General Is the Galaxy S3/S4 better on one carrier over the other?

Discussion in 'Android Devices' started by ThirstyDog, Mar 30, 2013.

  1. ThirstyDog

    ThirstyDog Well-Known Member

    Mar 26, 2013
    Sorry for another dumb newb question. Would the Galaxy S3/S4 be better on AT&T over Verizon?

    I read online somewhere that the Samsung Galaxy S3's were inferior on the Verizon network. We have our iPhone 5's on Verizon as the signal is a little better out here in the woods over the AT&T signal here.

    Just want to be sure to pre order the right versions.:p


  2. rs98

    rs98 Well-Known Member

    Dec 19, 2012
    They are identical in terms of hardware, except for things like the radio. Both have the same CPU, GPU, cameras, etc., just the radios to connect to the particular network are different.
    ThirstyDog likes this.
  3. ThirstyDog

    ThirstyDog Well-Known Member

    Mar 26, 2013
    I guess what I meant was, does the phone work better on AT&T or Verizon.
    I just read somewhere that the S3 was lacking pretty bad on the Verizon network. :eek:
  4. iTzKPanda

    iTzKPanda AF's resident panda

    Nov 10, 2011
    Tampa, FL
    They should work equally well except for network service.
    The only thing different between the different versions of the S3 on different carriers is the network as stated before. Depending on which carrier you choose and which one has the best coverage in your area, your experience may be good or bad.

    Unlike the Galaxy S2 where AT&T and T-mobile's version had a different processor and Sprint's version had a larger screen. Not to mention the different names given (Epic 4G Touch for Sprint, Hercules for T-Mo, etc)
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  5. trparky

    trparky Well-Known Member

    It was said that the CDMA radios in some of the Samsung phones were bad whereas the GSM variants didn't have the same issues.

    The real problem with Verizon is not entirely hardware issues, 50% of the issues that people have with Verizon is that Verizon is trying to use two completely incompatible network architectures and meshing them together, namely CDMA and LTE. LTE was never meant to be coupled with CDMA according to LTE standards, it was meant to be used alongside GSM/UMTS networks.

    The data and provisioning backend systems used for CDMA is completely different from the systems that an LTE network uses. Because of this issue, Verizon had to deploy something called eHRPD. Think of it as a "glue" that "glues" both the CDMA and LTE networks together so as to provide for a "smooth" transition from CDMA <-> LTE data.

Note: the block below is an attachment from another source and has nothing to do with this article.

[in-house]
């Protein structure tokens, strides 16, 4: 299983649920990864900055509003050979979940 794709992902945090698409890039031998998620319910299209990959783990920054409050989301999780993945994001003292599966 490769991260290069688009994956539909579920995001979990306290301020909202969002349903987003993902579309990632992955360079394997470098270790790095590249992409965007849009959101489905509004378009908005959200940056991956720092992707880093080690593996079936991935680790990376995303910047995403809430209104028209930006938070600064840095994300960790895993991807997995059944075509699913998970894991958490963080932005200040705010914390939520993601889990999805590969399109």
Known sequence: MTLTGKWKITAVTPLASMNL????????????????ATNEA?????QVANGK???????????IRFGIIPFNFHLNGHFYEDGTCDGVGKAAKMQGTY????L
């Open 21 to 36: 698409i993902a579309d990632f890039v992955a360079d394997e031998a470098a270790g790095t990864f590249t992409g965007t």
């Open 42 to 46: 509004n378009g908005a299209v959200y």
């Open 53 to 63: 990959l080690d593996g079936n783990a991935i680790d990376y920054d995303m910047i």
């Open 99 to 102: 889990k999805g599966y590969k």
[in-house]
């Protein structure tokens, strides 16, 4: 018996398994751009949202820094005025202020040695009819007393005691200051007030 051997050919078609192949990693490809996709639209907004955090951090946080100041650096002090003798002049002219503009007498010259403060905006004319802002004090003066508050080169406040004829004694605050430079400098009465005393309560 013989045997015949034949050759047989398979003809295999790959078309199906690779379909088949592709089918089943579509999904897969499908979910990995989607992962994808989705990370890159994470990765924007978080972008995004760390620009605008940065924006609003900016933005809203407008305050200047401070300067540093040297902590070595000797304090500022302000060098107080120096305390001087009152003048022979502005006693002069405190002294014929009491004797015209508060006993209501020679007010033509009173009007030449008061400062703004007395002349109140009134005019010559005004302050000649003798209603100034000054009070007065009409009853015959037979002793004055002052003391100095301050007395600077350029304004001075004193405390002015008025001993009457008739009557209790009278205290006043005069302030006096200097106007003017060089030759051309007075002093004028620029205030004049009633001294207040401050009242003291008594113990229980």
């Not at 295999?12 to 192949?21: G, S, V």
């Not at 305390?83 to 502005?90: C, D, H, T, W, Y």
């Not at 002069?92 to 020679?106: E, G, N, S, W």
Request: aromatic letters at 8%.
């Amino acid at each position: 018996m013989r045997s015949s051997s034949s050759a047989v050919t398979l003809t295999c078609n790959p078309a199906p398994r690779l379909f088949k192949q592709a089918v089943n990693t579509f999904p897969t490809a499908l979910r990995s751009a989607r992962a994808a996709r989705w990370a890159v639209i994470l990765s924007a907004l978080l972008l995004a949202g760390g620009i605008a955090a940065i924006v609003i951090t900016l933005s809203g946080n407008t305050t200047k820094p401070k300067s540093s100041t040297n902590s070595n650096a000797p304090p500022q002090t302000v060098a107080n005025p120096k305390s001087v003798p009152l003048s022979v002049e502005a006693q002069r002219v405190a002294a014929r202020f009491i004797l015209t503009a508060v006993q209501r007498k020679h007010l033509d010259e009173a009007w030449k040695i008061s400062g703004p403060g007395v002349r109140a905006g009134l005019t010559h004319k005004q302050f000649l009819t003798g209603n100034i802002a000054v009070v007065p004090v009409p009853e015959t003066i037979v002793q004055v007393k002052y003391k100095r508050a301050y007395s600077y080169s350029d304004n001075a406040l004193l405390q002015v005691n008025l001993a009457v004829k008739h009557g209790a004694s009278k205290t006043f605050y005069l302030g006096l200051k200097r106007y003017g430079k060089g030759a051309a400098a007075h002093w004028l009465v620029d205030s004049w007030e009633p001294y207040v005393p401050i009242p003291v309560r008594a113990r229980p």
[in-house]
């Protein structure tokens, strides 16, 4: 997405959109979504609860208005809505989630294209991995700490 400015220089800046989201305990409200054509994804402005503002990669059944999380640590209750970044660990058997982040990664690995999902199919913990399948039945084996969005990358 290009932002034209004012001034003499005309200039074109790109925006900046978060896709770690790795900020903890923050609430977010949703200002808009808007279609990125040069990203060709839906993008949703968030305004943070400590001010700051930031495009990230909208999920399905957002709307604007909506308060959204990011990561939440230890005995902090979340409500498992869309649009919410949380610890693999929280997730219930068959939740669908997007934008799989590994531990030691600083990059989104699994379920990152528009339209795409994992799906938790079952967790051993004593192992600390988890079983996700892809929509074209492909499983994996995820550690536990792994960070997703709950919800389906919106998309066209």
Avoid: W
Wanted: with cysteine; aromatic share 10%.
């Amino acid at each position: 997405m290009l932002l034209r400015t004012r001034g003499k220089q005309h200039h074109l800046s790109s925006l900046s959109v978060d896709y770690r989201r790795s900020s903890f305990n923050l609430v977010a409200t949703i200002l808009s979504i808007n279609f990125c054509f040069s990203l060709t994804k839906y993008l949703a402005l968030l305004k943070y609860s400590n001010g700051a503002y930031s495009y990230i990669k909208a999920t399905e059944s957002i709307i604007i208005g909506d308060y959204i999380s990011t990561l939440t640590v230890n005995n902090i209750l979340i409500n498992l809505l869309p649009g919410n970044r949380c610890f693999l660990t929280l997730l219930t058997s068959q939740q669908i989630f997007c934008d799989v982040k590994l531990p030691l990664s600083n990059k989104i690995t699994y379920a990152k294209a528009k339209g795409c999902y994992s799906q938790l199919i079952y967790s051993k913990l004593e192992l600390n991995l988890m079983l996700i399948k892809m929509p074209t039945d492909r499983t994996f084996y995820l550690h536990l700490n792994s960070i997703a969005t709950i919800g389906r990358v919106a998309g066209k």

Unfortunately, this eHRPD sub-system layer isn't very reliable and has caused many people's phones to be either "stuck" in CDMA or LTE mode and requires a bit of a kick to force the phone to switch modes.

    The faster Verizon transitions to VoLTE the better it will be for everyone on their network.

    More info can be found at the link below...
    Page 3 - What is LTE? | ExtremeTech
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  6. RichSz

    RichSz Not Entitled
    VIP Member

    Jul 9, 2010
    Software Engineer
    Between Imladris and Lothl
    All things being equal, something to consider is how a carrier handles updates. Up until very recently Verizon Galaxy Nexus owners were 4 (FOUR!) updates behind other carriers. Verizon is EXTREMELY cautious about software updates and tests the hell out of them which takes a painfully long amount of time. I know Sprint customers received updates much quicker than Verizon. Don't know how AT&T fits into that equation.

    A carrier is a service with multiple layers and all of those layers need to be considered before committing to one for two years. Coverage, device availability, price, signal quality, update speed and customer service are just a partial list of things which will influence your experience with any carrier.

    Yes, I have my own opinions on who is good and who stinks and yes, I'm keeping that to myself. :)
  7. rushmore

    rushmore Well-Known Member

    Nov 13, 2008
    Only if a carrier released it unlocked and bloat free ;) Considering both are needed in their business models (the former reduces customer support cost and the latter helps increase revenue), my guess is they are all about the same. Pick your poison.
  8. Cobravision

    Cobravision Well-Known Member

    Jul 8, 2010
    There are two issues here, service and user experience.

    In terms of service (voice quality, data speeds, etc), Verizon wins handily in most areas.

    But in terms of user experience, Verizon is the worst with AT&T a very close second. That's because both carriers cripple features for seemingly no reason. For instance, Verizon disabled blocking mode on the S3 and Note 2. Why? I dunno -- because they're jerks? Verizon also bugs you constantly to get onto a wifi network because t's not enough that you're paying for data -- they really want you to pay for data that you don't use. AT&T also does shady things and disables features as well. Both carriers yanked the headphones from their S3 and Note 2 boxes.

    TMo and Sprint are much less onerous than the others when it comes to monkeying around with the software. The reason I would pick TMo for the better UX is because they are GSM and you can swap out the SIM card if you are roaming. Sprint didn't have international roaming on either the GS3 or Note 2, and I would assume they would exclude it from the GS4 as well.
    davoid likes this.

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